leukaemia cells

Astellas AML treatment receives fast track designation from FDA

Astellas Pharma has received fast-track designation in the US for its FLT3 inhibitor, Gilteritinib, a drug that could potentially rival Novartis’ budding $250m-plus product Rydapt (Midostaurin).

The FDA gave the status to Gilteritinib as a treatment for adults with FLT3-mutation-positive relapsed or refractory acute myeloid leukaemia (AML), a cancer that impacts blood and bone marrow.

Steven Benner, Senior Vice President and Global Therapeutic Area Head, Oncology Development, Astellas, said: “Mutations of FLT3 in AML are associated with a poor prognosis and we are committed to working with the FDA to meet the requirements of the expedited review process.”

The new designation means the Japanese pharma firm will hold more meetings with the FDA, with the potential of priority review if supported by clinical data.

Benner concluded: “We are pleased that the FDA has acknowledged the urgent need for new therapies for FLT3+ AML patients.”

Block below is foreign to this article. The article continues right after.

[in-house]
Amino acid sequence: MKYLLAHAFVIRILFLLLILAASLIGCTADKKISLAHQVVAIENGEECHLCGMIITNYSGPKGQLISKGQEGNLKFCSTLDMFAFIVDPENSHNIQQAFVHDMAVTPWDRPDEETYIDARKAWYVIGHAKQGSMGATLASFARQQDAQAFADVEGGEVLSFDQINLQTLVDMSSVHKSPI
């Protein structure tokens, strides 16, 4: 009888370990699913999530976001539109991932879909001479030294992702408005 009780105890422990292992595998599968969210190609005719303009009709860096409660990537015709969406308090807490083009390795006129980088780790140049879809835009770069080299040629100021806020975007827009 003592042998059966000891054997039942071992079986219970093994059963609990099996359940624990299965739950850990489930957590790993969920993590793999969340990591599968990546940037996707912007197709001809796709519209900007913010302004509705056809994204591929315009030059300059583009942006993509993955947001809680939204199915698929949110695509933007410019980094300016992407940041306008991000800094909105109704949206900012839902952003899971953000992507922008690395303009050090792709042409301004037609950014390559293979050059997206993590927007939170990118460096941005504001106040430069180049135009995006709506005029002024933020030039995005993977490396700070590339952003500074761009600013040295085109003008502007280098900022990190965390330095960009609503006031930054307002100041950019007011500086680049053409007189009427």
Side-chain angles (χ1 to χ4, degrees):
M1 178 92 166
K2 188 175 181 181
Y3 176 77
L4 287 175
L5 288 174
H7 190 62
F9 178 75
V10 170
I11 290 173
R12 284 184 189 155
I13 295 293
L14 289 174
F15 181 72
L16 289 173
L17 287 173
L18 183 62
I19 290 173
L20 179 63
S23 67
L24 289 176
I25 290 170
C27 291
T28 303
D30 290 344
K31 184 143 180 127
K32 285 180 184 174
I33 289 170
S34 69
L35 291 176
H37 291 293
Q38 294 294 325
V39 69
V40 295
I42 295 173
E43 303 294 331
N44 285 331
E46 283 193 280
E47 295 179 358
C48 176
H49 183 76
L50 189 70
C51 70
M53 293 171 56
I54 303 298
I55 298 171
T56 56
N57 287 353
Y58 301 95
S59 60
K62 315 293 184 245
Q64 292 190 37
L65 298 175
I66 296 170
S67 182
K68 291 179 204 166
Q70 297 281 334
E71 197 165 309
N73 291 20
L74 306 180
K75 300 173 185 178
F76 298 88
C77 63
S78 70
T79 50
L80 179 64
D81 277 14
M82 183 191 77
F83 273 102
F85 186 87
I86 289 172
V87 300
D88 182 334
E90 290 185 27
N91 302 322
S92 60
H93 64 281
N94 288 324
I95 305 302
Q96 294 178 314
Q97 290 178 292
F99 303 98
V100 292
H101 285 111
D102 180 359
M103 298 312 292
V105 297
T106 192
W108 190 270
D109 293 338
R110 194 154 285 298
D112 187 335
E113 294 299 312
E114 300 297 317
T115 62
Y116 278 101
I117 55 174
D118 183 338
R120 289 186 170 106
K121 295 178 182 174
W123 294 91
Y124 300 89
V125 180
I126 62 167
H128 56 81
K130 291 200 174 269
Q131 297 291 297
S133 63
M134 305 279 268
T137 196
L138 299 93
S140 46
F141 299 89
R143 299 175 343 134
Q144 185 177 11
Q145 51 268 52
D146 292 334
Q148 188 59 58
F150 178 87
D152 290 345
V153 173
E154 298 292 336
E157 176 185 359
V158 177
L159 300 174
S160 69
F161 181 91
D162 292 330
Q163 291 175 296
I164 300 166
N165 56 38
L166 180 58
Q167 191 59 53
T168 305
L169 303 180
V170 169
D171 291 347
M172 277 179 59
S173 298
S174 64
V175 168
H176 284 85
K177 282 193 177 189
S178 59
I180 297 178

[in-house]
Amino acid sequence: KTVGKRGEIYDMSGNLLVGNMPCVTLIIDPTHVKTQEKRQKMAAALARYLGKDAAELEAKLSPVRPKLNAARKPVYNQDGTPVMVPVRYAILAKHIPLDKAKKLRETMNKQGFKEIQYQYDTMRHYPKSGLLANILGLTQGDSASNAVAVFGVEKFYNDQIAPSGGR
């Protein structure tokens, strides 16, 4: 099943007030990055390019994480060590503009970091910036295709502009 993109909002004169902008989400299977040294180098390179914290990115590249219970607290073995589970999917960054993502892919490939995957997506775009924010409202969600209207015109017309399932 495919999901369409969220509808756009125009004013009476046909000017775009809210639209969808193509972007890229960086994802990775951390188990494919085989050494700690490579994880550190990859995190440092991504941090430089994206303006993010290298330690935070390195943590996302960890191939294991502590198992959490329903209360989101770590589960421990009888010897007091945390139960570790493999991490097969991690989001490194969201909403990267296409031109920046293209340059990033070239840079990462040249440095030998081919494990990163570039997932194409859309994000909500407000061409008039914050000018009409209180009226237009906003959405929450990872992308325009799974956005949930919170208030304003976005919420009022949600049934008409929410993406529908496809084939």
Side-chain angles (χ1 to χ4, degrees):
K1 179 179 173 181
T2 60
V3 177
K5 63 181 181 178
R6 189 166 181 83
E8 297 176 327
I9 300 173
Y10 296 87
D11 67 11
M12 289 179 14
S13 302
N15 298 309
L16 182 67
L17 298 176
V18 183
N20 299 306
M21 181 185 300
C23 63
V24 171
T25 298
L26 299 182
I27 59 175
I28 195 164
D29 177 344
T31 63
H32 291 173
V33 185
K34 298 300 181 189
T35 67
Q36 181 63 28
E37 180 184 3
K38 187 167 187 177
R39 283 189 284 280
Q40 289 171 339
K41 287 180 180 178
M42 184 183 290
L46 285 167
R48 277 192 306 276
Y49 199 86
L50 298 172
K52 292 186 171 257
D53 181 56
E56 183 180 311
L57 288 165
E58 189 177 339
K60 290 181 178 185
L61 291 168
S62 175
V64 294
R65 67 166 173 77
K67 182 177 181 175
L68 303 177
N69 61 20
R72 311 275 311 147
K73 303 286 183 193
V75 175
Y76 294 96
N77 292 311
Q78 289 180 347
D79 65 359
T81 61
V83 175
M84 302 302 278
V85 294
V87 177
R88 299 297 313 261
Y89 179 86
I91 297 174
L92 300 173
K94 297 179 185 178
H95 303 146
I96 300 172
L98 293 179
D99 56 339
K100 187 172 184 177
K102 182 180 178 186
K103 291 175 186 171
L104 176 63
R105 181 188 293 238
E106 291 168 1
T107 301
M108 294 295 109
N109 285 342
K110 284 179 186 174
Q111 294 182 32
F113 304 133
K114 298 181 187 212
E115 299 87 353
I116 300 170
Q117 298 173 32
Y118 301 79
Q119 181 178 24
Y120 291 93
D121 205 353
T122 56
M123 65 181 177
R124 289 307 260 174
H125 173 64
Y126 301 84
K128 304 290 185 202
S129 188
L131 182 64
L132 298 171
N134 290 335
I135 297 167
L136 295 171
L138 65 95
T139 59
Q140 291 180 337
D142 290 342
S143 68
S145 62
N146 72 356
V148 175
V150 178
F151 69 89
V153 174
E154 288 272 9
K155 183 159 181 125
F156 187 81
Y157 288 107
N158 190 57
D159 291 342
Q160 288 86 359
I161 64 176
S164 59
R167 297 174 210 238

According to the American Cancer Society, 21,000 US-based patients were diagnosed with AML in 2016 alone and, of that number, 10,000 cases resulted in death.

Astellas has four late-stage Gilteritinib trials currently ongoing and the firm said its investigational compound has also demonstrated inhibition of AXL, which is reported to be associated with therapeutic resistance.

If approved, the Japanese pharma group would see its drug not only compete with Rydapt – the first new drug for AML in more than 25 years – but also with Daiichi Sankyo’s Quizartinib and Arog Pharma’s Crenolanib as well.

Source: PMLive

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